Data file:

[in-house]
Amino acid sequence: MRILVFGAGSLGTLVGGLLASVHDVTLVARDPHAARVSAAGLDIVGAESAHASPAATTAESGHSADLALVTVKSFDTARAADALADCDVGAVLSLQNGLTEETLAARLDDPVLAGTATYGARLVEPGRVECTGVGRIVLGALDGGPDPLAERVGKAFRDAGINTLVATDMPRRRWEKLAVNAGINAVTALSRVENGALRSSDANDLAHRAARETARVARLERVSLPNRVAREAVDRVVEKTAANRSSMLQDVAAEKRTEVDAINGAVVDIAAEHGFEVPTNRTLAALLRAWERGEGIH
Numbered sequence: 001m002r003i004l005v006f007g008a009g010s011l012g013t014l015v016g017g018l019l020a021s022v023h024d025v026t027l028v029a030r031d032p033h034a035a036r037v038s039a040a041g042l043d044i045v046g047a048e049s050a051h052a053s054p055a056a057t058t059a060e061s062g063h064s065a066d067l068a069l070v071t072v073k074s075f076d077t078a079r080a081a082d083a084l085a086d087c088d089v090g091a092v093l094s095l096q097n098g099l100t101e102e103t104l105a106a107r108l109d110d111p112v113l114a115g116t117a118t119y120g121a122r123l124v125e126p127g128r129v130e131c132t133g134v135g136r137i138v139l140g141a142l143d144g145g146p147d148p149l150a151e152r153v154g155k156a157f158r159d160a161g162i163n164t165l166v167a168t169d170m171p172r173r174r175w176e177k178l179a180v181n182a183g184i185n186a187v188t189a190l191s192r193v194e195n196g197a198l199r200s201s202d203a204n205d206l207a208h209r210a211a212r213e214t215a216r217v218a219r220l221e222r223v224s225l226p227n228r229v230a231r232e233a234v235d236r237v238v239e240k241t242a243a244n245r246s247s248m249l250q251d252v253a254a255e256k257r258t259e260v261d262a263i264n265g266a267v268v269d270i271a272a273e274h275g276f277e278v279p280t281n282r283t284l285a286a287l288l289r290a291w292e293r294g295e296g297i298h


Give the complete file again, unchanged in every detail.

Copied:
[in-house]
Amino acid sequence: MRILVFGAGSLGTLVGGLLASVHDVTLVARDPHAARVSAAGLDIVGAESAHASPAATTAESGHSADLALVTVKSFDTARAADALADCDVGAVLSLQNGLTEETLAARLDDPVLAGTATYGARLVEPGRVECTGVGRIVLGALDGGPDPLAERVGKAFRDAGINTLVATDMPRRRWEKLAVNAGINAVTALSRVENGALRSSDANDLAHRAARETARVARLERVSLPNRVAREAVDRVVEKTAANRSSMLQDVAAEKRTEVDAINGAVVDIAAEHGFEVPTNRTLAALLRAWERGEGIH
Numbered sequence: 001m002r003i004l005v006f007g008a009g010s011l012g013t014l015v016g017g018l019l020a021s022v023h024d025v026t027l028v029a030r031d032p033h034a035a036r037v038s039a040a041g042l043d044i045v046g047a048e049s050a051h052a053s054p055a056a057t058t059a060e061s062g063h064s065a066d067l068a069l070v071t072v073k074s075f076d077t078a079r080a081a082d083a084l085a086d087c088d089v090g091a092v093l094s095l096q097n098g099l100t101e102e103t104l105a106a107r108l109d110d111p112v113l114a115g116t117a118t119y120g121a122r123l124v125e126p127g128r129v130e131c132t133g134v135g136r137i138v139l140g141a142l143d144g145g146p147d148p149l150a151e152r153v154g155k156a157f158r159d160a161g162i163n164t165l166v167a168t169d170m171p172r173r174r175w176e177k178l179a180v181n182a183g184i185n186a187v188t189a190l191s192r193v194e195n196g197a198l199r200s201s202d203a204n205d206l207a208h209r210a211a212r213e214t215a216r217v218a219r220l221e222r223v224s225l226p227n228r229v230a231r232e233a234v235d236r237v238v239e240k241t242a243a244n245r246s247s248m249l250q251d252v253a254a255e256k257r258t259e260v261d262a263i264n265g266a267v268v269d270i271a272a273e274h275g276f277e278v279p280t281n282r283t284l285a286a287l288l289r290a291w292e293r294g295e296g297i298h